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Home :: Archive :: 1998 :: April ::
Re: "When"; Falstaff; Titus; Professionals; Theory
The Shakespeare Conference: SHK 9.0308  Friday, 3 April 1998.

[1]     From:   Lisa Hopkins <
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        Date:   Friday, 3 Apr 1998 11:43:00 +0100
        Subj:   When You See Me, You Know Me

[2]     From:   Mike Jensen <
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        Date:   Thursday, 02 Apr 1998 11:52:57 -0800
        Subj:   SHK 9.0299  Re: Falstaff

[3]     From:   John Velz <
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        Date:   Thursday, 2 Apr 1998 23:51:10 -0600 (CST)
        Subj:   Titus and Ravenscroft

[4]     From:   Simon Malloch <
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        Date:   Thursday, 02 Apr 1998 23:05:25 +0800
        Subj:   Re: SHK 9.0293  Final Words Re: SHAKSPER Description

[5]     From:   Dana Spradley <
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        Date:   Thursday, 2 Apr 1998 08:49:53 -0800 (PST)
        Subj:   Re: SHK 9.0302  Re: Literary and Scientific Theory


[1]-----------------------------------------------------------------
From:           Lisa Hopkins <
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Date:           Friday, 3 Apr 1998 11:43:00 +0100
Subject:        When You See Me, You Know Me

When I was compiling a list of productions of Renaissance plays in
Britain, 1880-1987, I didn't find any modern productions of _When You
See Me, You Know Me_ , but William Poel directed one at the Holborn
Empire on 10 July 1927, which is discussed by J.A.B. Somerset in 'Samuel
Rowley's _When You See Me, You Know Me_' (unpublished M.A. dissertation,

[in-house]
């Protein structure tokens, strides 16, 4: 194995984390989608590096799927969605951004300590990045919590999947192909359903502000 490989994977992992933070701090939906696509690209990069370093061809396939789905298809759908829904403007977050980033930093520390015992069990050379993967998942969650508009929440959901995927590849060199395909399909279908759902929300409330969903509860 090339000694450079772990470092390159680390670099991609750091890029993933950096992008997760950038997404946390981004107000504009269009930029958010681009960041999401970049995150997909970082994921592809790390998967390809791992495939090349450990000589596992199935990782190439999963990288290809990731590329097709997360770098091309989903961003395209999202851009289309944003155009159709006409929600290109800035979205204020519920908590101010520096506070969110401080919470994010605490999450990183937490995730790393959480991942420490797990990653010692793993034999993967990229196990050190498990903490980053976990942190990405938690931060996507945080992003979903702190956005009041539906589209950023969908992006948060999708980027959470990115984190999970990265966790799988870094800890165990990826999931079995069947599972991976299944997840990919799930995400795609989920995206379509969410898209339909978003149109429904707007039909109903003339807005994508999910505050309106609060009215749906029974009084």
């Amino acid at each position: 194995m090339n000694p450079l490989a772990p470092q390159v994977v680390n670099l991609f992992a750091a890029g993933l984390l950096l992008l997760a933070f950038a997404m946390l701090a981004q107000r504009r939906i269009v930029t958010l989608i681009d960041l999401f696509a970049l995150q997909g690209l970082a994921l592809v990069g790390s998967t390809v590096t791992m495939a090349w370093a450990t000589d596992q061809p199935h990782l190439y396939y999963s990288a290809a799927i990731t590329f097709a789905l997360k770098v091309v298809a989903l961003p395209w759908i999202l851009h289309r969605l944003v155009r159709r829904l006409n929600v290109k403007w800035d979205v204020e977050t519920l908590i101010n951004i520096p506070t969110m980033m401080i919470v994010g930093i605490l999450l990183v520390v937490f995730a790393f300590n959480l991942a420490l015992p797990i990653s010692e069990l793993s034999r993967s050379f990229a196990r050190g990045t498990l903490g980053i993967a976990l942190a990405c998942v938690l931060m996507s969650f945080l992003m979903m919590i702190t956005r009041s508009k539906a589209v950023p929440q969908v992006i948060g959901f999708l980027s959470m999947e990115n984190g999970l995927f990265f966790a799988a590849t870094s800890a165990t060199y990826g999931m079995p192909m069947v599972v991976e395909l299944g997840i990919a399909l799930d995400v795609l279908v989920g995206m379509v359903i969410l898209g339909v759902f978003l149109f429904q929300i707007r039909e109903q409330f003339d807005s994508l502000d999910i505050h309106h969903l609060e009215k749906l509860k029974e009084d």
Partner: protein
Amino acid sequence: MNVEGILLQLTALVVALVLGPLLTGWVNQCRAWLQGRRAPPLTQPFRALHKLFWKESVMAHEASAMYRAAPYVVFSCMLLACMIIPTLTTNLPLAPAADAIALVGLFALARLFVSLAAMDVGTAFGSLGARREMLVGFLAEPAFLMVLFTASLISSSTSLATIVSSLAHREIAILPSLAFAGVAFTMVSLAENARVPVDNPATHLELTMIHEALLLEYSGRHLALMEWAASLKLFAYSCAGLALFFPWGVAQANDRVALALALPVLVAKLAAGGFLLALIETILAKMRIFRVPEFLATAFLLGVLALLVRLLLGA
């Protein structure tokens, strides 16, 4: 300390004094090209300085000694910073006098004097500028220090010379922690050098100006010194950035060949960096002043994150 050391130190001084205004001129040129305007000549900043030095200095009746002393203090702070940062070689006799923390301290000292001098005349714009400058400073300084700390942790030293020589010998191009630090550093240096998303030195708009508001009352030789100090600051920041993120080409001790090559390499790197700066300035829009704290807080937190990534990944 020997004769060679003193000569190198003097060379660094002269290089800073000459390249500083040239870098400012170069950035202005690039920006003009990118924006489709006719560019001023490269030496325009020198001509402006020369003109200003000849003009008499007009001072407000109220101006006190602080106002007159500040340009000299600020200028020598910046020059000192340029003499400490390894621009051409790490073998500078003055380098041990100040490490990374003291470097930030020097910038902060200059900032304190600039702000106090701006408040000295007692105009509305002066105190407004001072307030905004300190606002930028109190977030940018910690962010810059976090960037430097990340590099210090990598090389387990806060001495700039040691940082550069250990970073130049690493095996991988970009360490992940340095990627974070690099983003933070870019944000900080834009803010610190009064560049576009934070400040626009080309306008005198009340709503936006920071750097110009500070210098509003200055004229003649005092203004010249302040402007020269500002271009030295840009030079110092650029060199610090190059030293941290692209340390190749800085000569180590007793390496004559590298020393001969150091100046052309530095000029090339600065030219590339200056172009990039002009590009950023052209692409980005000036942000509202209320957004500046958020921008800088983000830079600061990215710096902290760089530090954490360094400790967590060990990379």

University of Birmingham, 1964), pp.civ-cxxv.

Lisa Hopkins
Sheffield Hallam University

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[2]-------------------------------------------------------------
From:           Mike Jensen <
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Date:           Thursday, 02 Apr 1998 11:52:57 -0800
Subject: Re: Falstaff
Comment:        SHK 9.0299  Re: Falstaff

Ed Taft kindly asked me,

> Do you agree, Mike, or do you have a different view?

Dear Dale, Ed, & Bill,

Thank you all for responding to my query about Falstaff as a misleader
of youth.  I agree, Ed, it is not an easy question, and all of you
raised excellent points.  Since it is easier to split hairs than atoms,
reference recent post-modernist discussions, I do have a slightly
different reading.  But first -

I admire the way all of you based your answers on the text.  You could
have added that whilst Falstaff did have white hairs, he was no more
Satan than he was a misleader of youth - which amounts to the same thing
- and that Hal knows that as well.

It is true.  We don't see him do a lot of misleading on stage, save by
example.  Still,  if example is all Hal is referring to, then that is
what he means when he calls Falstaff a misleader, isn't it?  If he said
what he meant, then he is fundamentally right.

True also that Hal is speaking for his Father when he says this, but I
suspect the all the sentiments in that scene are Hal's, even if his old
man would share them.

The problem with confining our evaluation to the incidents of the play
is the relationships began before the play does.  I think Falstaff's
influence on his entourage occurs both on and off stage.  I think Hal's
description covers Falstaff as a life force, for lack of a better term,
and is intended to fit him both on and off stage.

I agree that the incidents in the plays indicate Sir John was pretty
incompetent as a corruptor of youth, or to include Merry Wives, of
women.  Even his boy rebels in 2H4.  Hal's soliloquies make it clear